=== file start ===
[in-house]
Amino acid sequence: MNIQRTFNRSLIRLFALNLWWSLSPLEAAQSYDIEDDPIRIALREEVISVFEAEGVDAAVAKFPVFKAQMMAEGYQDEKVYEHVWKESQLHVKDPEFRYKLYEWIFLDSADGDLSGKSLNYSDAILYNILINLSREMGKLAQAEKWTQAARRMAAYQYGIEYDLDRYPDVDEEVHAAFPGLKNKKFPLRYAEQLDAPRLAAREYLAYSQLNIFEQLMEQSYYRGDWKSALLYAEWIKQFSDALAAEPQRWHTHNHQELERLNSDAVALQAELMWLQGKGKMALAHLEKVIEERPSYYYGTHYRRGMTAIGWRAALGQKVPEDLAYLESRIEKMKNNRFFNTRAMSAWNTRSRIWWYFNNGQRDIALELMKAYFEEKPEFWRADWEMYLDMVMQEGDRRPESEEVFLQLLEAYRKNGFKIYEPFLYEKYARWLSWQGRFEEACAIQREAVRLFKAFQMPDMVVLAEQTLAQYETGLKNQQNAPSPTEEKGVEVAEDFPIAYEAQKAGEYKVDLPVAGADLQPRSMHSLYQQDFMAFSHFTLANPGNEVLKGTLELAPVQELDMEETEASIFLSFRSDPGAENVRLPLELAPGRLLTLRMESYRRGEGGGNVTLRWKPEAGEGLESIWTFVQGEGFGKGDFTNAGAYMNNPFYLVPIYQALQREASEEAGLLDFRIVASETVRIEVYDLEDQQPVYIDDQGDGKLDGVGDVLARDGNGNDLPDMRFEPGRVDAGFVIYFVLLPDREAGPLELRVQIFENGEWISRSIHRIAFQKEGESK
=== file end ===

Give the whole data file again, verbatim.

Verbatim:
[in-house]
Amino acid sequence: MNIQRTFNRSLIRLFALNLWWSLSPLEAAQSYDIEDDPIRIALREEVISVFEAEGVDAAVAKFPVFKAQMMAEGYQDEKVYEHVWKESQLHVKDPEFRYKLYEWIFLDSADGDLSGKSLNYSDAILYNILINLSREMGKLAQAEKWTQAARRMAAYQYGIEYDLDRYPDVDEEVHAAFPGLKNKKFPLRYAEQLDAPRLAAREYLAYSQLNIFEQLMEQSYYRGDWKSALLYAEWIKQFSDALAAEPQRWHTHNHQELERLNSDAVALQAELMWLQGKGKMALAHLEKVIEERPSYYYGTHYRRGMTAIGWRAALGQKVPEDLAYLESRIEKMKNNRFFNTRAMSAWNTRSRIWWYFNNGQRDIALELMKAYFEEKPEFWRADWEMYLDMVMQEGDRRPESEEVFLQLLEAYRKNGFKIYEPFLYEKYARWLSWQGRFEEACAIQREAVRLFKAFQMPDMVVLAEQTLAQYETGLKNQQNAPSPTEEKGVEVAEDFPIAYEAQKAGEYKVDLPVAGADLQPRSMHSLYQQDFMAFSHFTLANPGNEVLKGTLELAPVQELDMEETEASIFLSFRSDPGAENVRLPLELAPGRLLTLRMESYRRGEGGGNVTLRWKPEAGEGLESIWTFVQGEGFGKGDFTNAGAYMNNPFYLVPIYQALQREASEEAGLLDFRIVASETVRIEVYDLEDQQPVYIDDQGDGKLDGVGDVLARDGNGNDLPDMRFEPGRVDAGFVIYFVLLPDREAGPLELRVQIFENGEWISRSIHRIAFQKEGESK